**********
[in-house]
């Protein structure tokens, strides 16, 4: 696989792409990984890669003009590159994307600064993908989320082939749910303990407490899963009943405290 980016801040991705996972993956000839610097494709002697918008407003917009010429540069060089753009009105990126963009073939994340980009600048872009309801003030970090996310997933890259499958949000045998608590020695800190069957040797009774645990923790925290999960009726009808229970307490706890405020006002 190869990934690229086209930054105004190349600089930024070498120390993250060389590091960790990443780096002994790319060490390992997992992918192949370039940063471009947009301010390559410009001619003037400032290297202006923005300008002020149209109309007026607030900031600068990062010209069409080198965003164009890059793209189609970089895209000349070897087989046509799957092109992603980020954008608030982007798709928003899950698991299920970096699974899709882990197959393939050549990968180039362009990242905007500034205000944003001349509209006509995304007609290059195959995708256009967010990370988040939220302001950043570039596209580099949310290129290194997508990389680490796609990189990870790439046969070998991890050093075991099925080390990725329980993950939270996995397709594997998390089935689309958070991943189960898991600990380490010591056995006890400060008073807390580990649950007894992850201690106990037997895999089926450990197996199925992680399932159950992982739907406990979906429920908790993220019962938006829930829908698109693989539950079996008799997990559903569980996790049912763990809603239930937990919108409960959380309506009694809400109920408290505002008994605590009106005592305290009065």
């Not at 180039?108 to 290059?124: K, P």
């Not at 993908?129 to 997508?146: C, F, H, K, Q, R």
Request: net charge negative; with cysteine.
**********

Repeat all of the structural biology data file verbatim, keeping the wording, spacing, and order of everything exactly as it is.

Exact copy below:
[in-house]
């Protein structure tokens, strides 16, 4: 696989792409990984890669003009590159994307600064993908989320082939749910303990407490899963009943405290 980016801040991705996972993956000839610097494709002697918008407003917009010429540069060089753009009105990126963009073939994340980009600048872009309801003030970090996310997933890259499958949000045998608590020695800190069957040797009774645990923790925290999960009726009808229970307490706890405020006002 190869990934690229086209930054105004190349600089930024070498120390993250060389590091960790990443780096002994790319060490390992997992992918192949370039940063471009947009301010390559410009001619003037400032290297202006923005300008002020149209109309007026607030900031600068990062010209069409080198965003164009890059793209189609970089895209000349070897087989046509799957092109992603980020954008608030982007798709928003899950698991299920970096699974899709882990197959393939050549990968180039362009990242905007500034205000944003001349509209006509995304007609290059195959995708256009967010990370988040939220302001950043570039596209580099949310290129290194997508990389680490796609990189990870790439046969070998991890050093075991099925080390990725329980993950939270996995397709594997998390089935689309958070991943189960898991600990380490010591056995006890400060008073807390580990649950007894992850201690106990037997895999089926450990197996199925992680399932159950992982739907406990979906429920908790993220019962938006829930829908698109693989539950079996008799997990559903569980996790049912763990809603239930937990919108409960959380309506009694809400109920408290505002008994605590009106005592305290009065």
């Not at 180039?108 to 290059?124: K, P």
């Not at 993908?129 to 997508?146: C, F, H, K, Q, R």
Request: net charge negative; with cysteine.